The Swiss 3RCC has awarded Bernhard Voelkl from the Vetsuisse Faculty of the University of Bern the 2021 3Rs Award in recognition of his work supporting researchers to better design animal studies to improve research quality and reduce animal use. The 2021 3Rs Young Investigator Award went to Pauline Zamprogno from the ARTORG Center for Biomedical Engineering Research, also at the University of Bern, for her contribution to a lung-on-chip model, which aim at replacing animals testing. With their research the awardees not only help promote the 3Rs principle, which aims to replace, reduce and refine animal experiments, they communicated their projects in an exemplary manner to encourage other researchers to adopt these novel approaches in their work.
Bernhard Voelkl and his colleagues at the Animal Welfare Division of the Veterinary Public Health Institute recommend that scientists introduce biological variation such as different mouse strains, sex or housing conditions into their animal experiments to improve the quality and reproducibility of their results. Traditionally animal studies are conducted under highly standardized laboratory conditions, which was meant to improve their quality. Paradoxically, such studies are more difficult to replicate by other scientists. Adding variability allows researchers to improve the reproducibility and translatability of their results. This ultimately means that fewer animals are wasted for research that ends up being inconclusive because its design was not optimal.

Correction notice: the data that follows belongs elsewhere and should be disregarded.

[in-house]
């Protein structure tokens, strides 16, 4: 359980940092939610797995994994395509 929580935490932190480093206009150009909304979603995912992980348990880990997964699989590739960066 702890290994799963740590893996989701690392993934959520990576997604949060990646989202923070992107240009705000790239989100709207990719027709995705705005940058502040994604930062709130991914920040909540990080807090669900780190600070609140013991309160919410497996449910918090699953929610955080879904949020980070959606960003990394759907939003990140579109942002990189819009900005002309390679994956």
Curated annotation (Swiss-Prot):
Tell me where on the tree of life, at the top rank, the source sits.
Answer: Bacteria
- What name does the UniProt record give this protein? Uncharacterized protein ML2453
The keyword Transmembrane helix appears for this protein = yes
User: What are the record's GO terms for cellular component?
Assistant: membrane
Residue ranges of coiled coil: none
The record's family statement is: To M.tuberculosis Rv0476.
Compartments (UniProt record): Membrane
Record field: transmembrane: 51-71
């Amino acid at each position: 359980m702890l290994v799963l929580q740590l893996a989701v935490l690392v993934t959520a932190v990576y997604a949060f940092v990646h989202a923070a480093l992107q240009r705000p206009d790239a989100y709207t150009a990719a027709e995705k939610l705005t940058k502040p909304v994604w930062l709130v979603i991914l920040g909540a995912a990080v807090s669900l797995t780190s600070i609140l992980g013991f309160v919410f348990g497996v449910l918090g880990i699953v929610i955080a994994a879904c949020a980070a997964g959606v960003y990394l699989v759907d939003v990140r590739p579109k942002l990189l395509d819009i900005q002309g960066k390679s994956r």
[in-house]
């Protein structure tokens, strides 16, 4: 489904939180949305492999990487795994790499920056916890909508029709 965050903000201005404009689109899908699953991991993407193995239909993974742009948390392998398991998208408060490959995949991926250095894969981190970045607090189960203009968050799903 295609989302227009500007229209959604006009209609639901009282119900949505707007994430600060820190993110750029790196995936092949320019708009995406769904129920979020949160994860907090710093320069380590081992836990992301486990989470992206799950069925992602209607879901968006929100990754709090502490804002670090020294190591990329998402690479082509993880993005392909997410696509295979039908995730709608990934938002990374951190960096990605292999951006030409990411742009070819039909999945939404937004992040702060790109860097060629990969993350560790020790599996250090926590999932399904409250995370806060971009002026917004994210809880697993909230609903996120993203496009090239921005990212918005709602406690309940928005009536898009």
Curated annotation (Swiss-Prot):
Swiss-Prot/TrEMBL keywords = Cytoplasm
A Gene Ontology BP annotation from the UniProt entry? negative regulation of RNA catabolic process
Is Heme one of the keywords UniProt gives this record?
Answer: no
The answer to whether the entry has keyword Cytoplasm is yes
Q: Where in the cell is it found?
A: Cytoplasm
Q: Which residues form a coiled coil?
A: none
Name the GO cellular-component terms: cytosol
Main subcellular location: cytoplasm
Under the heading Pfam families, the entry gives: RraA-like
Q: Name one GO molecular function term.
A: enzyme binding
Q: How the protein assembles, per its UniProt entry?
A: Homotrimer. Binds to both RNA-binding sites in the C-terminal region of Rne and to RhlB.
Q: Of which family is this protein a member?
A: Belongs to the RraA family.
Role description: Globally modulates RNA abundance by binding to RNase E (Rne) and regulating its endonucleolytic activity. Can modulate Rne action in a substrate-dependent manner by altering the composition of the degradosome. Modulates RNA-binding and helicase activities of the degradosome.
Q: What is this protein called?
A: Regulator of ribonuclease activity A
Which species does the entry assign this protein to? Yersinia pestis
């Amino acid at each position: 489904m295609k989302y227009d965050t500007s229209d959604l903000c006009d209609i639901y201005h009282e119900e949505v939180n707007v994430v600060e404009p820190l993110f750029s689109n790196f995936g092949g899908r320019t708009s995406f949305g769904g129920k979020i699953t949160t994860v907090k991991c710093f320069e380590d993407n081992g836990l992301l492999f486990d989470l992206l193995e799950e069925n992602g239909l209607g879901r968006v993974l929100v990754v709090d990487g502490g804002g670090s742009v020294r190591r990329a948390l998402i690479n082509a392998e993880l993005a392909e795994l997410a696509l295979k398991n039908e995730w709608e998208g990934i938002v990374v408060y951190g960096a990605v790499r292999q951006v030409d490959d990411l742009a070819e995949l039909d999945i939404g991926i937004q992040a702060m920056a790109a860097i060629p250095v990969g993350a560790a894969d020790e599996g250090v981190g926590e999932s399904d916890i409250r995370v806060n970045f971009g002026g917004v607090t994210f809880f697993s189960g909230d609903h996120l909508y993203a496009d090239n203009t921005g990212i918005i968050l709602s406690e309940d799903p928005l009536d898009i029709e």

The jury consisted of independent external reviewers from the Charité 3Rs (Berlin, DE) and the North American 3Rs Collaborative/University of Washington (USA) as well as a representative of the Swiss Federal Food Safety and Veterinary Office (FSVO). The jurors emphasised the importance of comprehensive communication as demonstrated by the award winners. The 3Rs Award 2021 and Young 3Rs Investigator Award recipients will receive CHF 4,000 and CHF 1,000 respectively to support their studies. Furthermore, they will get the opportunity to present their awarded research at the Swiss 3Rs Day 2022 and in a featured video.
· Voelkl et al., (2021): The standardization fallacy. https://doi.org/10.1038/s41592-020-01036-9
· Voelkl et al., (2020): Reproducibility of animal research in light of biological variation. https://doi.org/10.1038/s41583-020-0313-3
· Voelkl et al., (2018): Reproducibility of preclinical animal research improves with heterogeneity of study samples. https://doi.org/10.1371/journal.pbio.2003693
· Voelkl et al., 2016): Reproducibility crisis: Are we ignoring reaction norms? https://doi.org/10.1016/j.tips.2016.05.003